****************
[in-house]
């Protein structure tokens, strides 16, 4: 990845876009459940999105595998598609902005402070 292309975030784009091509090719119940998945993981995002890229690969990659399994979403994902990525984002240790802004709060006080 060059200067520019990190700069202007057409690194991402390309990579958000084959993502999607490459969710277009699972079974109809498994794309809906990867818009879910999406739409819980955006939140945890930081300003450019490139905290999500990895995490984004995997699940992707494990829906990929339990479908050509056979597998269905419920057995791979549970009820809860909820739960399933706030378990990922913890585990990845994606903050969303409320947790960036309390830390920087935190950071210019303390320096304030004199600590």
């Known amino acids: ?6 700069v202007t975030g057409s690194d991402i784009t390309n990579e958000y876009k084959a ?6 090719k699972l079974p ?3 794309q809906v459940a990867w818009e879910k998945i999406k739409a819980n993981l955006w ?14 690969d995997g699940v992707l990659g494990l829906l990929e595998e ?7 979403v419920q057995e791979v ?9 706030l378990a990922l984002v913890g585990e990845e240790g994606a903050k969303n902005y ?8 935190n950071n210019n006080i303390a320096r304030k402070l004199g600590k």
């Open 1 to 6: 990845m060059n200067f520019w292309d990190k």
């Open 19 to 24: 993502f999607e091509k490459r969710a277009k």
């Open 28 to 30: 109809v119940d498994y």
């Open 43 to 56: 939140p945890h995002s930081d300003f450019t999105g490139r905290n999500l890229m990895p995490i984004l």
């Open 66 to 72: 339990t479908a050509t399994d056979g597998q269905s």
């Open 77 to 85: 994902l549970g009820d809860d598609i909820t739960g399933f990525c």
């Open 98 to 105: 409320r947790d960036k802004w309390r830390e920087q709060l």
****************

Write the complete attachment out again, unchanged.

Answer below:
[in-house]
């Protein structure tokens, strides 16, 4: 990845876009459940999105595998598609902005402070 292309975030784009091509090719119940998945993981995002890229690969990659399994979403994902990525984002240790802004709060006080 060059200067520019990190700069202007057409690194991402390309990579958000084959993502999607490459969710277009699972079974109809498994794309809906990867818009879910999406739409819980955006939140945890930081300003450019490139905290999500990895995490984004995997699940992707494990829906990929339990479908050509056979597998269905419920057995791979549970009820809860909820739960399933706030378990990922913890585990990845994606903050969303409320947790960036309390830390920087935190950071210019303390320096304030004199600590």
């Known amino acids: ?6 700069v202007t975030g057409s690194d991402i784009t390309n990579e958000y876009k084959a ?6 090719k699972l079974p ?3 794309q809906v459940a990867w818009e879910k998945i999406k739409a819980n993981l955006w ?14 690969d995997g699940v992707l990659g494990l829906l990929e595998e ?7 979403v419920q057995e791979v ?9 706030l378990a990922l984002v913890g585990e990845e240790g994606a903050k969303n902005y ?8 935190n950071n210019n006080i303390a320096r304030k402070l004199g600590k």
């Open 1 to 6: 990845m060059n200067f520019w292309d990190k």
């Open 19 to 24: 993502f999607e091509k490459r969710a277009k």
């Open 28 to 30: 109809v119940d498994y």
């Open 43 to 56: 939140p945890h995002s930081d300003f450019t999105g490139r905290n999500l890229m990895p995490i984004l």
């Open 66 to 72: 339990t479908a050509t399994d056979g597998q269905s």
């Open 77 to 85: 994902l549970g009820d809860d598609i909820t739960g399933f990525c």
């Open 98 to 105: 409320r947790d960036k802004w309390r830390e920087q709060l």